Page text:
Mississippi Supreme Court
City of Water Valley v. Trusty
343 So.2d 471 (Miss. 1977)
Appellants filed bill of complaint seeking to enjoin enforcement of city's dog leash ordinance. The court summarily held that Mississippi Code Annotated s 21-19-9 (1972) authorizes municipalities to regulate the running at large of animals of all kinds. The ordinance here was enacted pursuant to that authority, it meets the constitutional requirements, and the demurrer should have been sustained on that question.
Opinion of the Court:
Markley H. Trusty, John Dexter Brown and Clinton R. Mooney filed a bill of complaint in the Chancery Court of the Second Judicial District of Yalobusha County, seeking to enjoin enforcement of a dog leash ordinance enacted by the City of Water Valley. The chancellor overruled a demurrer of the City and granted it an interlocutory appeal.
Did the bill of complaint charge sufficient material facts upon which injunctive relief could be granted?
The bill set forth that (1) the dog ordinance, which was made exhibit to it, was unconstitutional and violated the rights of complainants, (2) the City had attempted to prosecute the complainants for violation of the ordinance, and (3) unless the Mayor and Board were enjoined from enforcing the ordinance, irreparable harm and injury would result to the complainants. Appellees did not charge which part of the ordinance was being violated, or facts which constituted irreparable harm and injury.
Crocker v. Farmers & Merchants Bank of Bruce, 293 So.2d 438 (Miss.1974), restated the requirements for pleading in a bill for injunctive relief as follows:
'The injunction was also erroneously issued because the bill of complaint did not charge sufficient material facts to justify issuance of the injunction. In essence the bill simply charged that the complainants had no adequate remedy at law, and that they would suffer irreparable damages unless the injunction was issued. The averment in this regard amounted to what is more clearly a legal conclusion that an averment of facts. Such averments were insufficient for failure to allege all the material facts from which the chancellor could obviously discern upon what precise grounds or bases irreparable harm would result. V. Griffith, Mississippi Chancery Practice section 446 (2d ed. 1950).' 293 So.2d at 442.
The bill of complaint did not sufficiently charge material facts upon which injunctive relief could be granted, and the demurrer should have been sustained.
Did the ordinance violate appellees' constitutional rights, thus rendering it invalid?
Appellees principally contend that the ordinance is unconstitutional because of Sections 6, 7, 8 and 9, which deal with dogs running at large, the registration and vaccination of dogs, notice of impounding and reclaiming dogs, and disposition of unclaimed dogs. They argue that Mississippi Code Annotated s 21-19-9 (See Appendix) does not authorize a municipality to impound dogs which have been vaccinated and registered, and that destruction of a dog after five days' posted notice (Sections 8 and 9 of ordinance) is equivalent to taking private property without due process of law.
This Court held in Julienne v. City of Jackson, 69 Miss. 34, 10 So. 43 (1891):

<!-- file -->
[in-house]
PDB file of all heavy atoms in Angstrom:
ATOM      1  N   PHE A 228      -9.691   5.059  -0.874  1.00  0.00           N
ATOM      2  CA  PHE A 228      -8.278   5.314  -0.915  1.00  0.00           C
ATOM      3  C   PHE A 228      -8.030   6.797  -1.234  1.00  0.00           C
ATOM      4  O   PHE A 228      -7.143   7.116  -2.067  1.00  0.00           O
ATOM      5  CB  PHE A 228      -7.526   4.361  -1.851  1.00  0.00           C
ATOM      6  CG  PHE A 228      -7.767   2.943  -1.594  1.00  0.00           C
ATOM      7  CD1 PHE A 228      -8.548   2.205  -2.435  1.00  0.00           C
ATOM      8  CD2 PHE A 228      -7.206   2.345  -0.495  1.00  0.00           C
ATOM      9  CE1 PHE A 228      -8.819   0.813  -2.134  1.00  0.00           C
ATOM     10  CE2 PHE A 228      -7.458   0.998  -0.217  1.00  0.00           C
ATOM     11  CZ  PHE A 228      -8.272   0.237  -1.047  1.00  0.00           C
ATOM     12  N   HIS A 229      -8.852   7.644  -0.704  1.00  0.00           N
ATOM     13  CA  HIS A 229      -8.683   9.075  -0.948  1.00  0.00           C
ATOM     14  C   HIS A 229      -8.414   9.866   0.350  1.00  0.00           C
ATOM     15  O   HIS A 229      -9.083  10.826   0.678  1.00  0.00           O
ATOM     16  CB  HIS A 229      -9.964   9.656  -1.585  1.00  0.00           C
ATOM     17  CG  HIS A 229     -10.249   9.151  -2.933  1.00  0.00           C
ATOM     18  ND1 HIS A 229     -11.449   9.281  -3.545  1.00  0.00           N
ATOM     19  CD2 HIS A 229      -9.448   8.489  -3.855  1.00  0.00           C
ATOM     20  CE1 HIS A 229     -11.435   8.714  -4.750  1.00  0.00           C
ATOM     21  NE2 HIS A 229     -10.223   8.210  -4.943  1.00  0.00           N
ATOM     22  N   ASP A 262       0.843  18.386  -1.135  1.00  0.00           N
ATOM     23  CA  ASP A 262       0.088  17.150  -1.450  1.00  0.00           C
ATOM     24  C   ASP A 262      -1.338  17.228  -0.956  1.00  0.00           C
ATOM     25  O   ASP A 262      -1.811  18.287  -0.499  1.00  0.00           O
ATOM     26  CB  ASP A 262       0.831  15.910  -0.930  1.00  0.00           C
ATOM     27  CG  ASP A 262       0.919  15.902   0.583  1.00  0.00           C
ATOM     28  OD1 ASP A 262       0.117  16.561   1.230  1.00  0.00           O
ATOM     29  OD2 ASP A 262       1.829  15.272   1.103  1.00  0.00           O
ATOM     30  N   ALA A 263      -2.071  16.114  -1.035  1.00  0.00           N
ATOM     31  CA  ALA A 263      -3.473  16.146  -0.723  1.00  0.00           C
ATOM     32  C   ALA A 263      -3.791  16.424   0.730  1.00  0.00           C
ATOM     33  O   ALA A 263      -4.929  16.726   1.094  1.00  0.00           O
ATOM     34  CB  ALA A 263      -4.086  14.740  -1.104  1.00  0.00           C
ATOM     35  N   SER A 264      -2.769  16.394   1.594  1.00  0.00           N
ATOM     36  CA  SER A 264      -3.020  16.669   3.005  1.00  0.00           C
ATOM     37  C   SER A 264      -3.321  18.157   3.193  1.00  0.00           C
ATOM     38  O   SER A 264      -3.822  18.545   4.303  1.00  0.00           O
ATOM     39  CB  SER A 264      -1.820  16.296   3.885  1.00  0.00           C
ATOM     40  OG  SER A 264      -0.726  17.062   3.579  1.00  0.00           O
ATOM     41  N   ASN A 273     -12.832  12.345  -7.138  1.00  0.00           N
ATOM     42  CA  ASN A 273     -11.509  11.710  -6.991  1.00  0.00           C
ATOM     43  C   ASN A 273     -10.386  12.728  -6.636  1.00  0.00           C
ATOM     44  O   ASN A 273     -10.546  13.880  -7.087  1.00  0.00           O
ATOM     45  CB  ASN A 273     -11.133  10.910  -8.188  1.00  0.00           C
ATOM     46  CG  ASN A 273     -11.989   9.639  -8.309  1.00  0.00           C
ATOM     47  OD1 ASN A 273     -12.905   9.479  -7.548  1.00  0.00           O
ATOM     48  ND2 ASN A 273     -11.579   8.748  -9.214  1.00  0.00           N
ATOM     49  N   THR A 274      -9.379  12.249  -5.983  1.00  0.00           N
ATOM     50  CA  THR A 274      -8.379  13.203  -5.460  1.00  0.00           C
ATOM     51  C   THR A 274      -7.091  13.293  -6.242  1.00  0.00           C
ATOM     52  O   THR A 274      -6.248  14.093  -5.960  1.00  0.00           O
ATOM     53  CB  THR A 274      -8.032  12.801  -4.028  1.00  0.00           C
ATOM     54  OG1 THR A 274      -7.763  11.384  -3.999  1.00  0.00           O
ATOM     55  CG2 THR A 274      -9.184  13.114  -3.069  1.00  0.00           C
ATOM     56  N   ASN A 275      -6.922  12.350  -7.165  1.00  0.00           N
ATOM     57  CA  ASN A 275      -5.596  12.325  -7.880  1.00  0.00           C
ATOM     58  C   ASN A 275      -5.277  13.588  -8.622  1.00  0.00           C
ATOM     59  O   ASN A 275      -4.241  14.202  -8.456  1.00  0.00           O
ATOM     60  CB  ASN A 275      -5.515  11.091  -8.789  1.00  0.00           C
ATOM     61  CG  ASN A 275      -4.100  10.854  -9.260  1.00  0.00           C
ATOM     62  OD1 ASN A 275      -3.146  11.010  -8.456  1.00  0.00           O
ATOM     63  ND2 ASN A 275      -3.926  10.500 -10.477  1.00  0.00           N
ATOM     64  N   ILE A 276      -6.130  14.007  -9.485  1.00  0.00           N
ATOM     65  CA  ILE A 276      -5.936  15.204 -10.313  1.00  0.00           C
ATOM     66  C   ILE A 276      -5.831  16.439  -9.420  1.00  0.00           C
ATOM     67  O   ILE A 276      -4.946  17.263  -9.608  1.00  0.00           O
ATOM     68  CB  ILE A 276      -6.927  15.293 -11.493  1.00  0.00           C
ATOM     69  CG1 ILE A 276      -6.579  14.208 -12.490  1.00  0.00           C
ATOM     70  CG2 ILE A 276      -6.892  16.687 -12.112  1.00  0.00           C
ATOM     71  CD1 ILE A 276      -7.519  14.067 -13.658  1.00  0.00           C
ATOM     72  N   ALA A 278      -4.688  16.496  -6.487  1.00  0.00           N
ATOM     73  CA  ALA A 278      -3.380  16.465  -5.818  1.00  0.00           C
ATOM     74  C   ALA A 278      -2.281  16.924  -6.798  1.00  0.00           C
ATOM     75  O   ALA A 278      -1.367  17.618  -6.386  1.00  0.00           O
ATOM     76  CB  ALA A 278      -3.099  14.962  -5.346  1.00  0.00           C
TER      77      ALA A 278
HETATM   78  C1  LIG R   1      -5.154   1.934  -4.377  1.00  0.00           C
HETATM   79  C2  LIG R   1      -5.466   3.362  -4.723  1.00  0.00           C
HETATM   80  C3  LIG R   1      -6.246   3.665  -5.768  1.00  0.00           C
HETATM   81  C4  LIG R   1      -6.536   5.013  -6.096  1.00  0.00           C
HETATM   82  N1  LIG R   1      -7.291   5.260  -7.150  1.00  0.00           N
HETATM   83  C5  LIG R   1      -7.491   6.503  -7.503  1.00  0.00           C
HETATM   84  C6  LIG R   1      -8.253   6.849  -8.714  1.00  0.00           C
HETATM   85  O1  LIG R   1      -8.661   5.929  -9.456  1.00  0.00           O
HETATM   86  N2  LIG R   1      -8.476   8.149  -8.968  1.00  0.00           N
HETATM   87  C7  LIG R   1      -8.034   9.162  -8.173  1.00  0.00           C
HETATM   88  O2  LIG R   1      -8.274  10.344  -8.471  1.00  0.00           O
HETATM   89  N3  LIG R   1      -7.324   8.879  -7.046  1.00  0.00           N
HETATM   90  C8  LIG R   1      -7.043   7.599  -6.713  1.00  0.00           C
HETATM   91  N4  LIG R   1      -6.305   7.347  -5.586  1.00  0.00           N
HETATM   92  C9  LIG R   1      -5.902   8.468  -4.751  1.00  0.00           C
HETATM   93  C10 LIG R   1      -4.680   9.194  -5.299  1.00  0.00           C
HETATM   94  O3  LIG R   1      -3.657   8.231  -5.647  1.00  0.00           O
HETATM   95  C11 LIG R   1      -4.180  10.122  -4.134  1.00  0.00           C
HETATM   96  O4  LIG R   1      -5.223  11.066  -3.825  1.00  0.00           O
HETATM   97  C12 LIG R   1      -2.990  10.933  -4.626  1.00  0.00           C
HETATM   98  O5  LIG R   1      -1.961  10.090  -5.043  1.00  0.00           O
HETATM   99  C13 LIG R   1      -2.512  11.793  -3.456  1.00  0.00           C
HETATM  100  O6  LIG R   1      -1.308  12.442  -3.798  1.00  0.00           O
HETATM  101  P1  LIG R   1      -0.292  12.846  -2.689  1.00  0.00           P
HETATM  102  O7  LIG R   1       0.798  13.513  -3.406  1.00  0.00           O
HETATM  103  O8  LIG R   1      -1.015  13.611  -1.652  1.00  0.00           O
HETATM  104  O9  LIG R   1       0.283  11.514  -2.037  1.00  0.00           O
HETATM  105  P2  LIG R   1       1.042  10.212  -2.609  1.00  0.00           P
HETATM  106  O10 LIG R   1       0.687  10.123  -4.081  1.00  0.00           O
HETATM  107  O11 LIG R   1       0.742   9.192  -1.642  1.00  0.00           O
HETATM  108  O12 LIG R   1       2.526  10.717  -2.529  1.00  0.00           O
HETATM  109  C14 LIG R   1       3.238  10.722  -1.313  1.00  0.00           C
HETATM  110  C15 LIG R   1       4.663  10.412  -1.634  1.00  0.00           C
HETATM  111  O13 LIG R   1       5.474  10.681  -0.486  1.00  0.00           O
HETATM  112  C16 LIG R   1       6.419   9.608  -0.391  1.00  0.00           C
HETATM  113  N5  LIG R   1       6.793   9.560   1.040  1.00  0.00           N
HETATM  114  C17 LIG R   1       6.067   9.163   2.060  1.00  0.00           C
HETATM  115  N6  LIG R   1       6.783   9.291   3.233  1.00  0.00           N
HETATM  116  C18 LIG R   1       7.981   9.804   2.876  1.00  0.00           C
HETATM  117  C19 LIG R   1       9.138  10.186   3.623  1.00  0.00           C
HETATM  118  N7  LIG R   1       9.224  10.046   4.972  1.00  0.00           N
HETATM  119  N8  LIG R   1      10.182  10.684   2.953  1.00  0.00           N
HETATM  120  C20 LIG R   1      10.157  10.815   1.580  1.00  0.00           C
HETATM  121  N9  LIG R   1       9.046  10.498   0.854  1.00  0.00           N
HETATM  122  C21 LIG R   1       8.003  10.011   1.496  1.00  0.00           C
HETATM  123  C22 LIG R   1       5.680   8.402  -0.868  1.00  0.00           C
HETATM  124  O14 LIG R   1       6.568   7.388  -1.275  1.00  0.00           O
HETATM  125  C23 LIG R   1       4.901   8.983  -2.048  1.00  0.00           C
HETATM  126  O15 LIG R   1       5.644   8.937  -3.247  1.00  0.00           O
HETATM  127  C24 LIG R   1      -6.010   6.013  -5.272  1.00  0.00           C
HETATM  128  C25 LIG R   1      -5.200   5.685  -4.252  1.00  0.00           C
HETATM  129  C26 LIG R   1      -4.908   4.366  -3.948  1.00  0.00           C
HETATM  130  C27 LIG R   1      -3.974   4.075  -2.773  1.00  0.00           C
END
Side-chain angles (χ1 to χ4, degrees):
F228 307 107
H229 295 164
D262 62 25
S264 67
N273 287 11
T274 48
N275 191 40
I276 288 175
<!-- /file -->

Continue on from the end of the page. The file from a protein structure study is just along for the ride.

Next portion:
'It is held with great unanimity by the courts that regulations of the most stringent character, and the most summary proceedings for the destruction of these animals kept contrary to such regulations, are entirely within legislative power, and free from constitutional objection, though the property of the owner is destroyed without notice or hearing, in the execution of the law.' 69 Miss. at 37-38, 10 So. at 43.
Jenkins v. City of Waxahachie, 392 S.W.2d 482 (Tex.C.A.1965), involved an ordinance similar to the one here. In holding that the ordinance was constitutional, the Texas Court said:
'Moreover, the overwhelming majority of courts view statutes and ordinances providing for summary disposal or destruction of dogs as valid exercises of the police power; and though dogs are property, such ordinances or statutes are not a denial of due process, even though they do not provide for notice and hearing. 56 A.L.R.2d 1026.' 392 S.W.2d at 484.
See also Thiele v. City and County of Denver, 135 Colo. 442, 312 P.2d 786 (1957) and cases cited at Annot. 56 A.L.R.2d 1026 (1957).
Mississippi Code Annotated s 21-19-9 (1972) authorizes municipalities to regulate the running at large of animals of all kinds. The ordinance here was enacted pursuant to that authority, it meets the constitutional requirements, and the demurrer should have been sustained on that question. Therefore, the case is reversed and remanded.
REVERSED AND REMANDED.
GILLESPIE, C.J., PATTERSON and INZER, P. JJ., and SMITH, ROBERTSON, SUGG, WALKER and BROOM, JJ., concur.
'The governing authorities of municipalities shall have the power to prevent or regulate the running at large of animals of all kinds, and to cause such as may be running at large to be impounded and sold to discharge the costs and penalties provided for the violation of such regulations and the expense of impounding and keeping and selling the same; to regulate and provide for the taxing of owners and harborers of dogs, and to destroy dogs running at large, unless such dogs have proper identification indicating that said dogs have been vaccinated for rabies; and to provide for the erection of all needful pens, pounds, and buildings for the use of the municipality, within or without the municipal limits, and to appoint and confirm keepers thereof, and to establish and enforce rules governing the same.' Miss.Code Ann. s 21-19-9 (1972).